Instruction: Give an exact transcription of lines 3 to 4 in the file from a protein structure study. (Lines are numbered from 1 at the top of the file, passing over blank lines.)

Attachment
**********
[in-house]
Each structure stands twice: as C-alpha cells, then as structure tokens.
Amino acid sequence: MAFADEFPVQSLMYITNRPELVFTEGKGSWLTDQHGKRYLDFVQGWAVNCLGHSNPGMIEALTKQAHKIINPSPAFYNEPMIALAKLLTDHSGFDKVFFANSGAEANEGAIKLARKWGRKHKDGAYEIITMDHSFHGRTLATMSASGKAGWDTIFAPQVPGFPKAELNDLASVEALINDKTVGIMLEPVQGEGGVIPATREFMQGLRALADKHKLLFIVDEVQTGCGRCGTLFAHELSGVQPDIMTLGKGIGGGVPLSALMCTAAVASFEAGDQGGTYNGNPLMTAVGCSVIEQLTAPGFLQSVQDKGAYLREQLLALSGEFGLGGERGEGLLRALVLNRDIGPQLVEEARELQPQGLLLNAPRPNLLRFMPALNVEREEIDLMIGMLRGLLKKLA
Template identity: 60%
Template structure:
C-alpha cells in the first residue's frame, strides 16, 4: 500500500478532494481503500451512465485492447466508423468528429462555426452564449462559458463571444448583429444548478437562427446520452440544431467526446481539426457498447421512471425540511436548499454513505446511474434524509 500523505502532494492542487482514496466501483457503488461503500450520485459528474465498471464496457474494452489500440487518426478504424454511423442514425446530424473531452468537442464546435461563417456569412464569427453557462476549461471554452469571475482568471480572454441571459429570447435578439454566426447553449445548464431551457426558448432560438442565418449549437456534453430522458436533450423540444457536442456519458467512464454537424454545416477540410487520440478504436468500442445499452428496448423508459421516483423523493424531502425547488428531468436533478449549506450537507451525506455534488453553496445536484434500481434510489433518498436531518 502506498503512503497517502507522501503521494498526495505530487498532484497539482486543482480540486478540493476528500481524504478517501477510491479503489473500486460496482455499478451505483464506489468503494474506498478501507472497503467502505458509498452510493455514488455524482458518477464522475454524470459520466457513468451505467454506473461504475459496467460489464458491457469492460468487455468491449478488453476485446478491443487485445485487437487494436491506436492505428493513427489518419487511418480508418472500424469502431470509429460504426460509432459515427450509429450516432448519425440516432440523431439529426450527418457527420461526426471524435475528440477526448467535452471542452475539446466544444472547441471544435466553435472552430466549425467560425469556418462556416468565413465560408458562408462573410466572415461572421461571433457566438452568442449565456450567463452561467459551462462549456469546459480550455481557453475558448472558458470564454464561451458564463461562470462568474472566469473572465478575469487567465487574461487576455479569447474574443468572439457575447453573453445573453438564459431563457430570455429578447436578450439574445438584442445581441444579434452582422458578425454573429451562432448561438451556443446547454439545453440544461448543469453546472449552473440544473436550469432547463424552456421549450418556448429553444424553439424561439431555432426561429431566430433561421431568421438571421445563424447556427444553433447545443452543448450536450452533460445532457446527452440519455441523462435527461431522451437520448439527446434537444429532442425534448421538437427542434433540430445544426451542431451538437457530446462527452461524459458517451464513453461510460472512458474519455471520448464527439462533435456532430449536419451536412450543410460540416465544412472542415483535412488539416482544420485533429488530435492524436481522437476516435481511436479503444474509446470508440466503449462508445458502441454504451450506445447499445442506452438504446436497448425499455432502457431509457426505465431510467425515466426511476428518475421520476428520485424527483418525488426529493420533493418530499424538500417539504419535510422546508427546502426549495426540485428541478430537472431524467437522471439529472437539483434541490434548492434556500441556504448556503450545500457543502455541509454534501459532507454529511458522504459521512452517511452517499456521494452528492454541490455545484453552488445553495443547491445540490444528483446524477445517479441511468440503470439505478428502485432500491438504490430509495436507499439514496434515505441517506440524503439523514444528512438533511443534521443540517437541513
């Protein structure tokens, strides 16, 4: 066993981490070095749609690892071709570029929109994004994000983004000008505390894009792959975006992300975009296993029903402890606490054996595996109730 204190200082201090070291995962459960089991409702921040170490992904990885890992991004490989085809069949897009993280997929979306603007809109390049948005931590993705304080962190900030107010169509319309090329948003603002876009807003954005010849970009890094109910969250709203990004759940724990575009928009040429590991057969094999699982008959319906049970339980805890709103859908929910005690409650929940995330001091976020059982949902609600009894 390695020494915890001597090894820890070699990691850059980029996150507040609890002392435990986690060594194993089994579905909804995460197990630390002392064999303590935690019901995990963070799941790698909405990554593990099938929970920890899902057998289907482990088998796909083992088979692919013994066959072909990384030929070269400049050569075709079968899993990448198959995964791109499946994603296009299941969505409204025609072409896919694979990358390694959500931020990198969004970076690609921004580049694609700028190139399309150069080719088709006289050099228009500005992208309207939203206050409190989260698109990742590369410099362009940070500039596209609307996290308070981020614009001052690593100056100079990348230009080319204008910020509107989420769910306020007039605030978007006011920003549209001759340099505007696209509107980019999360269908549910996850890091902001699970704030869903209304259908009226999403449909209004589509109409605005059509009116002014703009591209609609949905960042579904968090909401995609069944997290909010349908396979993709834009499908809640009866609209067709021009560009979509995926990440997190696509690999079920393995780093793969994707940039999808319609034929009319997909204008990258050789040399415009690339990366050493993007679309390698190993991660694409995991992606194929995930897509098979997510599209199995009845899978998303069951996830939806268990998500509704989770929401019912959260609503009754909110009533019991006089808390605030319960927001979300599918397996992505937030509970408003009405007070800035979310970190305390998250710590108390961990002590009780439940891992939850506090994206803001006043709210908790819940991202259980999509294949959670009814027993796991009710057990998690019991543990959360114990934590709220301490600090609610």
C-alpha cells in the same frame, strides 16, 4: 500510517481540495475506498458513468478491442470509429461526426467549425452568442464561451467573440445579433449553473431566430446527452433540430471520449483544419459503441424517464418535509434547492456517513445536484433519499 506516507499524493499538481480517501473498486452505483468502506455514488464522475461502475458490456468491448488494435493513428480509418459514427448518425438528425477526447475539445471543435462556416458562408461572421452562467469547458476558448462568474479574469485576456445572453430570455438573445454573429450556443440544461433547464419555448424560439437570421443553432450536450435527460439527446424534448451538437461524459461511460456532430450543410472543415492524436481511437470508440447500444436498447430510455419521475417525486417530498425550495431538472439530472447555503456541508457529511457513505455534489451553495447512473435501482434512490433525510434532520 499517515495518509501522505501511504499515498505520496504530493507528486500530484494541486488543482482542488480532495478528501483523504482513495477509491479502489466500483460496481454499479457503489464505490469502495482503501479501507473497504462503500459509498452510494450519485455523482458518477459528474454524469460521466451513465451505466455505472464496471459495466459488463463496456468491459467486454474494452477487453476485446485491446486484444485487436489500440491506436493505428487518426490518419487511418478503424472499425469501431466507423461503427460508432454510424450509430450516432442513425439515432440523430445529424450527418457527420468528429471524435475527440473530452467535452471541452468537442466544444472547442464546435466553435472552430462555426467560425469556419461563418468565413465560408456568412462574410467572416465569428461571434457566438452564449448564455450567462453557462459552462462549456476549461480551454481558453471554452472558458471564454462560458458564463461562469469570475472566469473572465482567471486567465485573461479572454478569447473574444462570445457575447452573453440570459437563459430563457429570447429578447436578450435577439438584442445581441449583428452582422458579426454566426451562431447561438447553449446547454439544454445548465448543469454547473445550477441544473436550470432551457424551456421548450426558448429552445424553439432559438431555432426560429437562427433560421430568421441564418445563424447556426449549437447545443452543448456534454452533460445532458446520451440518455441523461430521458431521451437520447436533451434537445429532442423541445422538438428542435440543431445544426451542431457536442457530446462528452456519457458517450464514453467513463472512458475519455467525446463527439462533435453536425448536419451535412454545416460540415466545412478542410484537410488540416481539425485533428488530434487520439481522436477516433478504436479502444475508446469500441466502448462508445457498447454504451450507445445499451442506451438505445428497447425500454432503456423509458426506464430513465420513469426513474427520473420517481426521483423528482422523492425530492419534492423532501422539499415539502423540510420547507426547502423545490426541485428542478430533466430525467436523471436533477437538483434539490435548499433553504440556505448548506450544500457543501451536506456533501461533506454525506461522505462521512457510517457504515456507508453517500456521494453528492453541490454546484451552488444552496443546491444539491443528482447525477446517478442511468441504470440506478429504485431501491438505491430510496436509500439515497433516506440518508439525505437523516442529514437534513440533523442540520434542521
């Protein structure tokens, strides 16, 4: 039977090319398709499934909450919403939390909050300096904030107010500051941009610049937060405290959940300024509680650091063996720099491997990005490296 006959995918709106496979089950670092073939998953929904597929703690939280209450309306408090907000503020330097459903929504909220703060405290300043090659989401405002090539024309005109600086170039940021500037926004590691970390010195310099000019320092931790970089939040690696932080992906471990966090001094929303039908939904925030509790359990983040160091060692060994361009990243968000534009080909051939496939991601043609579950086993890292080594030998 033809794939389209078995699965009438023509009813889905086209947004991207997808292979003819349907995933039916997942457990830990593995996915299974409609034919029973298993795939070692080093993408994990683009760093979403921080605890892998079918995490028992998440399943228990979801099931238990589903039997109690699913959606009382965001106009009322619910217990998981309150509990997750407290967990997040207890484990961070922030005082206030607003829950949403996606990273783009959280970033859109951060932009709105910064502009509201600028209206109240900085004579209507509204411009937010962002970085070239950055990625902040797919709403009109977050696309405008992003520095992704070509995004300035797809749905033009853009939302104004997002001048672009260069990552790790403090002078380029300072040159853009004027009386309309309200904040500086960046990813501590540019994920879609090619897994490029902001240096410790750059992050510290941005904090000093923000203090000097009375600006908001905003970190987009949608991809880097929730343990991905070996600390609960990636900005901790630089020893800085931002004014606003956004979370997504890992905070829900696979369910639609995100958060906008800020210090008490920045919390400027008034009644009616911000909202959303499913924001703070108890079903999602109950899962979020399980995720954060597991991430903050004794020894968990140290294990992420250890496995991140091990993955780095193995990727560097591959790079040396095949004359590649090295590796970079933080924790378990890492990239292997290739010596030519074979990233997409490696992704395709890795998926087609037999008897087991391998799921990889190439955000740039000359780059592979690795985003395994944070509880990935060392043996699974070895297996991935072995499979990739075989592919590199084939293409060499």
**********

Amino acid sequence: MAFADEFPVQSLMYITNRPELVFTEGKGSWLTDQHGKRYLDFVQGWAVNCLGHSNPGMIEALTKQAHKIINPSPAFYNEPMIALAKLLTDHSGFDKVFFANSGAEANEGAIKLARKWGRKHKDGAYEIITMDHSFHGRTLATMSASGKAGWDTIFAPQVPGFPKAELNDLASVEALINDKTVGIMLEPVQGEGGVIPATREFMQGLRALADKHKLLFIVDEVQTGCGRCGTLFAHELSGVQPDIMTLGKGIGGGVPLSALMCTAAVASFEAGDQGGTYNGNPLMTAVGCSVIEQLTAPGFLQSVQDKGAYLREQLLALSGEFGLGGERGEGLLRALVLNRDIGPQLVEEARELQPQGLLLNAPRPNLLRFMPALNVEREEIDLMIGMLRGLLKKLA
Template identity: 60%